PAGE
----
Ari Gautier calls himself a vagabond— he was born in Madagascar, has lived in Paris, and is now based in Oslo. He has dabbled in art, theatre, music and films. Yet his latest foray is inspired by the city of his childhood and adolescence— Pondicherry. His debut novel, Carnet Secret de Lakshmi (The Secret Journal of Lakshmi), was launched last week at the Alliance Française. The official book launch at Paris was called off because of the shootings that shocked the world on the scheduled weekend. “I did take my novel to a few bookstores in the city that welcomed me to sell on the spot,” he shares. Set in the 1980s and 1990s, the story is told through the perspective of Lakshmi, the resident elephant at the Manakula Vinayagar Temple (inspired by the real temple elephant, Lakshmi). The streets of Pondicherry come to life in the novel through the exploits of interesting characters like Tripod Dog Baba, a three-legged dog and self-fashioned spiritual guru, and Alphonse, a flying fish and incarnation of a sage. While the book takes a dig at the rigidities of the caste system and blind faith, it questions if an elephant or anyone can break through the shackles of destiny and write their own script.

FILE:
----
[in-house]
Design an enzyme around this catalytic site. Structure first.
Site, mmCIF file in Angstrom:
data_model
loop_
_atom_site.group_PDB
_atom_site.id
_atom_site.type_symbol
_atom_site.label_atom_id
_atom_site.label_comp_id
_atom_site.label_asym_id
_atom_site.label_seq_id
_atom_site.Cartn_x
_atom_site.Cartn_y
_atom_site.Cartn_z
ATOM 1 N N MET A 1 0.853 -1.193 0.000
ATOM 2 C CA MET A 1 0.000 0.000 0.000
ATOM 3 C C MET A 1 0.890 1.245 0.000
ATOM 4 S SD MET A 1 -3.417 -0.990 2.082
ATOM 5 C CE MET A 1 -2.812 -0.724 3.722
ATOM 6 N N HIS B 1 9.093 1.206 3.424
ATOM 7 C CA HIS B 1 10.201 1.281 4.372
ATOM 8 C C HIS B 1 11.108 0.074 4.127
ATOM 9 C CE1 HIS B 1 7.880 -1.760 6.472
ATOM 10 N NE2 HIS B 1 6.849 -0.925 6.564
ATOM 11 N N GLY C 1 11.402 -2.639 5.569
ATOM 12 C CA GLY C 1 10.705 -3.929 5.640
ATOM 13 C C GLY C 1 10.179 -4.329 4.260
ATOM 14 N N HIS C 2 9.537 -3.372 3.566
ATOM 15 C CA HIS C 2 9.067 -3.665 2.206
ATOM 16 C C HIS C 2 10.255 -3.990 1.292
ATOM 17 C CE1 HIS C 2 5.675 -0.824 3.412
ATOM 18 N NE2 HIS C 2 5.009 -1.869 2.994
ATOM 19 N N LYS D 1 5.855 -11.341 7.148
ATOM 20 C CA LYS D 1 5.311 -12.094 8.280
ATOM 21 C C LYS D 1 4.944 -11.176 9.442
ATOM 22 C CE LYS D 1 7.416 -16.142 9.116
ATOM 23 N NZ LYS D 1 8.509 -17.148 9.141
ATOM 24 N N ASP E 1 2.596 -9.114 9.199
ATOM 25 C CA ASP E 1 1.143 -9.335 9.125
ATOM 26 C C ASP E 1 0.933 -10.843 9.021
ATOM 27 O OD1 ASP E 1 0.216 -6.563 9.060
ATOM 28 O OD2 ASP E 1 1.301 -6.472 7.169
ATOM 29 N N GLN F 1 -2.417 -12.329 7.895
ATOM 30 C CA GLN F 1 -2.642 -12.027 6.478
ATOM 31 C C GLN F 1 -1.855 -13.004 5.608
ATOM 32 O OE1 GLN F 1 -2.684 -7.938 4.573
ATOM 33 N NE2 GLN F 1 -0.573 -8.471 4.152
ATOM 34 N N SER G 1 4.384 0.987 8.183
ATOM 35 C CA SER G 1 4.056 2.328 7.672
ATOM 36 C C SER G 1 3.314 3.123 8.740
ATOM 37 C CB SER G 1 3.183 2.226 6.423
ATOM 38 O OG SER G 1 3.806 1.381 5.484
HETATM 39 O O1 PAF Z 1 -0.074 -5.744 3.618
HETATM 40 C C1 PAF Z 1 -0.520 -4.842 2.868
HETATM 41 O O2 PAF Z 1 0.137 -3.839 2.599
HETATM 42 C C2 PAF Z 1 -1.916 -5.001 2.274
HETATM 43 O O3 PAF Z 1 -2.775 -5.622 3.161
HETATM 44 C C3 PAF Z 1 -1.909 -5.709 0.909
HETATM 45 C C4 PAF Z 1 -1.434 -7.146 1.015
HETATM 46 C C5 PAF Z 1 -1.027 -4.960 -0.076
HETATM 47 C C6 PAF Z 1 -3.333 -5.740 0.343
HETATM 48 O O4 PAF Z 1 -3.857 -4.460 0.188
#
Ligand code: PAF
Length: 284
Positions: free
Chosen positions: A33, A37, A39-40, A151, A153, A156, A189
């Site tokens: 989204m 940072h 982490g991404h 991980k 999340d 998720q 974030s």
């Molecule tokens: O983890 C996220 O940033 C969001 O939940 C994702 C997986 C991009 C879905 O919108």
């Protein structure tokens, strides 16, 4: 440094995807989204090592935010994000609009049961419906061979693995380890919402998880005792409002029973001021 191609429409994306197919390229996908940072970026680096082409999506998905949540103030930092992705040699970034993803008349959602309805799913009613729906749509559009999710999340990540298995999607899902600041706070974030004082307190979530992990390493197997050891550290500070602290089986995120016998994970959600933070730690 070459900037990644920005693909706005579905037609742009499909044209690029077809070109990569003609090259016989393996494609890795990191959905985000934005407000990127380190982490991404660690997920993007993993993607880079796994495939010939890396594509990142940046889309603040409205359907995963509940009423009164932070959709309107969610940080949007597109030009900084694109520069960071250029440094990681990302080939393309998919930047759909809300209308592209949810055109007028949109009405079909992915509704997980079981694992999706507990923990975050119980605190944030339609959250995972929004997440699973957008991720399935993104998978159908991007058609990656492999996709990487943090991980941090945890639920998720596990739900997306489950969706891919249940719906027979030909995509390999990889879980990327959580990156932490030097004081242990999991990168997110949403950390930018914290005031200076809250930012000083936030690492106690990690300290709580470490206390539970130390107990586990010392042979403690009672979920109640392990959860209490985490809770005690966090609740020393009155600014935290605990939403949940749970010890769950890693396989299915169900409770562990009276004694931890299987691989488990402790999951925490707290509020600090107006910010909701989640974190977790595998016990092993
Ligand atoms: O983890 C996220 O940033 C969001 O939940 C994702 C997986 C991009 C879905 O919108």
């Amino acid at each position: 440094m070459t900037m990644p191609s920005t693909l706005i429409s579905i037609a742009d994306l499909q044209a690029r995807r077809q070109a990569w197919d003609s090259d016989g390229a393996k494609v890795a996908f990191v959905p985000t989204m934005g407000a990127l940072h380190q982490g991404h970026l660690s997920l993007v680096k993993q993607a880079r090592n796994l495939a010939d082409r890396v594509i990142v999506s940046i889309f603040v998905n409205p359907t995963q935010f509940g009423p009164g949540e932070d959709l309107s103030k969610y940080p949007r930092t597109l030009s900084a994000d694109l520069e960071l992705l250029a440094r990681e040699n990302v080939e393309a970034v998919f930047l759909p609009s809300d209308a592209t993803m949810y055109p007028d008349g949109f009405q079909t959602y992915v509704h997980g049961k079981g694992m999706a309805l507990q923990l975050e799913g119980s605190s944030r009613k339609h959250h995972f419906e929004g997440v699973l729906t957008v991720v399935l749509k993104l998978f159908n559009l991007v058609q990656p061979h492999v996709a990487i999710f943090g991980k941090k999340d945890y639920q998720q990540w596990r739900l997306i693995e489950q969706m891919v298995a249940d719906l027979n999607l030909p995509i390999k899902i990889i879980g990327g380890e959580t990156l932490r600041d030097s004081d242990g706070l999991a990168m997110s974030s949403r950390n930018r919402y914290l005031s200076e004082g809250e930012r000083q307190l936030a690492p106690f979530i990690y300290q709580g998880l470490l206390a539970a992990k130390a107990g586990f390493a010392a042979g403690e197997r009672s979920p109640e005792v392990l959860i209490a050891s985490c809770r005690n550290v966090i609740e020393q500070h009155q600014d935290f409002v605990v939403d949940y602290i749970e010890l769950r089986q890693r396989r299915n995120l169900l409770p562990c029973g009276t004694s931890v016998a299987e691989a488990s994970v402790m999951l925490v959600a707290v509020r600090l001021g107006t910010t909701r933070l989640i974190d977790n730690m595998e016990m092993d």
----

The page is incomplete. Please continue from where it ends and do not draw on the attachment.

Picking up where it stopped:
There is a dearth of fiction set in Pondicherry, feels Gautier, insisting the city is a muse for storytellers. “I have always been fascinated by the city’s history, but I did not want to write an academic or non-fictional narrative.” While he is looking to translate his work in English, Gautier has already begun on the sequel, Thinnai. “There are more stories that Pondicherry has to tell — and not only those seen through colonial perspectives. It is time we Pondicherrians took our literary destiny in our hands to tell our stories and the stories of our ancestors.”
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— Olympia Shilpa Gerald